Every year my band, Hardin Sweaty and The Ready To Go, put on a show to celebrate the season of yule called Roxmas. This year we will be putting on the 6th annual iteration of this momentous event and recently I initiated the help of my good friend John Jurik to create a poster that really captured the magic of the season.

He gave me this:

Me likey. A lot. For details about Roxmas 6 go HERE.

I hope to see you all there.

Why does Netflix hate Shaquille O’Neal so much?

Netflix has been in the news lately for making some really questionable decisions. First they announced they were raising the prices for their service, then they actually raised prices (I was hoping they were bluffing), and now they have announced that they will be splintering into two separate companies — Netflix and Qwikster.

I could easily write 1,000 words on how bizarre I find all of this to be, and I could write another 2,000 analyzing and subsequently pooping on the name Qwikster, but that’s not what I’m really concerned with today.

Oh no. I’m concerned with something far more insidious brewing inside the Netflix brain trust.

I want to know why Netflix hates Shaquille O’Neal so much.

I know this may sound crazy at first. Who could hate Shaq? He’s really tall and lovable and he’s awesome at giving himself nicknames (which really is a skill… seriously, go to your office tomorrow and try to give YOURSELF a nickname… it won’t stick). But Netflix definitely does hate him and I will prove it using evidence pulled from their own site. Sit back and let the prosecution blow your mind.

EXHIBIT A: Blue Chips

Way back in 1994, a very skinny Shaq starred in a relatively high profile film about corrupt basketball recruiting. His character’s name was Neon, which is awesome. The movie also starred Nick Nolte as the same grizzled man filled with self hatred that he always plays. The movie wasn’t good but it was good enough to where you would think Netflix would have it in one of their warehouses somewhere, but when you look it up on Qwikster Netflix all you see is this:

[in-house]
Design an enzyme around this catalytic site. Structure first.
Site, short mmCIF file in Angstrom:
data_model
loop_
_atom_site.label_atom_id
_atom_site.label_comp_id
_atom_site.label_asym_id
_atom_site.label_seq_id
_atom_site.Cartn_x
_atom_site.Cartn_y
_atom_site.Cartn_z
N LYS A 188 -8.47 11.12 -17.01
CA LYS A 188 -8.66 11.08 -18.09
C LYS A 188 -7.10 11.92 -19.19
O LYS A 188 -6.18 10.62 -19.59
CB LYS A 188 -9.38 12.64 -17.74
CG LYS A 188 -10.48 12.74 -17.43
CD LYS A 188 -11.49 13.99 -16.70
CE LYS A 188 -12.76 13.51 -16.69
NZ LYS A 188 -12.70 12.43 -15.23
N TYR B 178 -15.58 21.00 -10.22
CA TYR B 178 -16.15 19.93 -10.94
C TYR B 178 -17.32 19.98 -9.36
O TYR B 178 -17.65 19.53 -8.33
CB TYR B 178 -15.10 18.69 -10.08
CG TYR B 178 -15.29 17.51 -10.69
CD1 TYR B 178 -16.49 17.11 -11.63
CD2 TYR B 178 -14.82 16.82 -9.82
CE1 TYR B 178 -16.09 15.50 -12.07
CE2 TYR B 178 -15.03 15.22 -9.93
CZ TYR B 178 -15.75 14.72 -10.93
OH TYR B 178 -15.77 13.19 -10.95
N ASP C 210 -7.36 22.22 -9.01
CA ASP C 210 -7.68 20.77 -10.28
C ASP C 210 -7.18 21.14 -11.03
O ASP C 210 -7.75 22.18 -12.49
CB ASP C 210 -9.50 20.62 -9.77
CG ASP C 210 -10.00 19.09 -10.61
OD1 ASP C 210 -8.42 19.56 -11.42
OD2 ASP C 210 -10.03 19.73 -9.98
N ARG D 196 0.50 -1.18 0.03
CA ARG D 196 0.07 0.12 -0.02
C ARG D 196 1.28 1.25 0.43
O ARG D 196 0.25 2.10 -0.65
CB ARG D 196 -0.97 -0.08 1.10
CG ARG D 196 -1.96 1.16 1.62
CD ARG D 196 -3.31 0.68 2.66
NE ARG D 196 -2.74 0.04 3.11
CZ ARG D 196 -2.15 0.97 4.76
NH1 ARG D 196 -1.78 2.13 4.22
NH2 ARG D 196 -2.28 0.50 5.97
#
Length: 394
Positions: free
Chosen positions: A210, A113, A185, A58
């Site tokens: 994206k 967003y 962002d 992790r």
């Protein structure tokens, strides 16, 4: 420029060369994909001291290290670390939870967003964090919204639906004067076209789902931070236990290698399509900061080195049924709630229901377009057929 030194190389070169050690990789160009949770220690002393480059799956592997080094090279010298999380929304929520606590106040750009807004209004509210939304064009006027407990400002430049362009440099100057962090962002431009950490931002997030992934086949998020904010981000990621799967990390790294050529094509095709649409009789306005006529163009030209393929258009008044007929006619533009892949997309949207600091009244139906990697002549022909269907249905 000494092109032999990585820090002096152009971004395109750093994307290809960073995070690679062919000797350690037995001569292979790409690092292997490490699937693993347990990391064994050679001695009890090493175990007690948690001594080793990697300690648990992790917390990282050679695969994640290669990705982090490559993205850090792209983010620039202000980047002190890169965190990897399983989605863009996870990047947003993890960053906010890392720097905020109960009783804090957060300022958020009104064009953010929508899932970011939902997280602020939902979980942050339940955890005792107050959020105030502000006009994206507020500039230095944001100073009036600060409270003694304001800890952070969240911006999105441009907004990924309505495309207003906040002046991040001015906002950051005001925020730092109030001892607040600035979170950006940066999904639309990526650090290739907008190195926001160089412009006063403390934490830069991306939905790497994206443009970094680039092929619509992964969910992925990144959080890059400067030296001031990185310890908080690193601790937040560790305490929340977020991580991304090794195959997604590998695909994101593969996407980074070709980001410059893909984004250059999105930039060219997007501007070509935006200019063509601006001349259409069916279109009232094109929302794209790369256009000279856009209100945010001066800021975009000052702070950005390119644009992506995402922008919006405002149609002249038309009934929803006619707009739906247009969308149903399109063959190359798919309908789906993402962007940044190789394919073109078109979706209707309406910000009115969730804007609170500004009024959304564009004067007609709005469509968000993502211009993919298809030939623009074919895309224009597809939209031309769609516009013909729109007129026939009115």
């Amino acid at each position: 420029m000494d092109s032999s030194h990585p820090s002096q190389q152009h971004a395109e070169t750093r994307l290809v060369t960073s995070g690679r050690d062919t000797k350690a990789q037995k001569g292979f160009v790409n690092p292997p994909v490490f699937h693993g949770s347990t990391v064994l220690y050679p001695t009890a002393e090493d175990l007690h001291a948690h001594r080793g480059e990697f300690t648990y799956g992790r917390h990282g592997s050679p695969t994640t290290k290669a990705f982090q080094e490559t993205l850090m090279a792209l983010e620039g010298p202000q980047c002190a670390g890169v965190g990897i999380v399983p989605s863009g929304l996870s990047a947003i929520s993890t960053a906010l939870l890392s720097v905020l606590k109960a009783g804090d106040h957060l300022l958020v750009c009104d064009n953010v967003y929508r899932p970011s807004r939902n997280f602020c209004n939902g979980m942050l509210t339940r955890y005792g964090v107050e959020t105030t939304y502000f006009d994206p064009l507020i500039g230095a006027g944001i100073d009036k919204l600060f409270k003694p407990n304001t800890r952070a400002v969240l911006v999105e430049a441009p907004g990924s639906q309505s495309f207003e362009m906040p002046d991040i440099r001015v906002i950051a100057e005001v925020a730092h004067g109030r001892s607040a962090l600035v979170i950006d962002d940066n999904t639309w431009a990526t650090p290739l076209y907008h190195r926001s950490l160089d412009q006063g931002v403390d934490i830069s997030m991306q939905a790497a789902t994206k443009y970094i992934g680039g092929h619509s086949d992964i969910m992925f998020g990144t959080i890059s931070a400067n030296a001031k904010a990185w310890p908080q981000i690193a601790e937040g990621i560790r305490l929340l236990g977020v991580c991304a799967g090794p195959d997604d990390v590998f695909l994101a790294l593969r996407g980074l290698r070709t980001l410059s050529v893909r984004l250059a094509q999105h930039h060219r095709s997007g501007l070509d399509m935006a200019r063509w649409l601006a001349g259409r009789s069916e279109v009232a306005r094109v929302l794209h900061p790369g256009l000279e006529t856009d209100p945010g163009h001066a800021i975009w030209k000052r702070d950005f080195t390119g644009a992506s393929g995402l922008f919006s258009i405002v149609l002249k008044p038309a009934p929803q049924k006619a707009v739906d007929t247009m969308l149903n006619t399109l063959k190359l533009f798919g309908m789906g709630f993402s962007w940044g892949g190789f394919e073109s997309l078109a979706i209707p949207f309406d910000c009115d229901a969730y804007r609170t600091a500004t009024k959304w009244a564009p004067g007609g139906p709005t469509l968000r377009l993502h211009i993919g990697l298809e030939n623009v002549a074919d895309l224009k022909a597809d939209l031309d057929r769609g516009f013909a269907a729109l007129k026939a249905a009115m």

Uhhhh… Save? Fuck you, Netflix. I don’t want to save. I want to watch Neon struggle with the tough life decisions that come with being a top basketball recruit. You’ve got He Got Game ready for rental and that’s basically the same thing… sort of. Something stinks here.


Ok, so they didn’t have Blue Chips. I guess that’s forgivable. A movie called Blue Chips should really be about delicious savory snacks that happen to be a glorious shade of cerulean, not basketball. And Shaq was only a supporting character in it. But what about Kazaam? The first movie where Shaq finally stepped out of the shadows and became a full on movie star in his own right. Surely Netflix will have it right?

Save again? Damn you, Netflix. One movie missing is normal enough but two movies from the same great star? I don’t like it. And I don’t want to hear about how Kazaam isn’t in there because it’s a bad movie. I bet half the DVDs that go out daily are for bad movies. I mean how many times has Showgirls been rented? I’d be willing to bet it’s gone in and out of more households than Shaq’s whimsical character in Kazaam has gone in and out of magical genie lamps. Or dicks have gone in and out of Elizabeth Berkley’s whimsical character in Showgirls. Yeah.

Damn, those were some sweet analogies.

But to stay focused, there is no rational reason for Kazaam to be missing other than the obvious fact that Netflix hates Shaq.

But wait, Netflix has one more chance at redemption…


Ok, so Kazaam  was Shaq’s first starring role but it wasn’t until his piece of the indirect Superman franchise, Steel that he really found what it took to lead a film. So what do I find when I look this movie up on Netflix?

Wait, what? Not even a save option? Netflix is not even acknowledging the existence of Steel? Instead I can save Real Steel, a movie that hasn’t even come out yet and looks like a Real Piece of Shit? That’s just ridiculous.

Three movies with Shaq as one of the leads and three dead ends on Netflix. Coincidence? Absolutely not.

It’s obvious that Netflix hates Shaquille O’Neal.

The prosecution rests.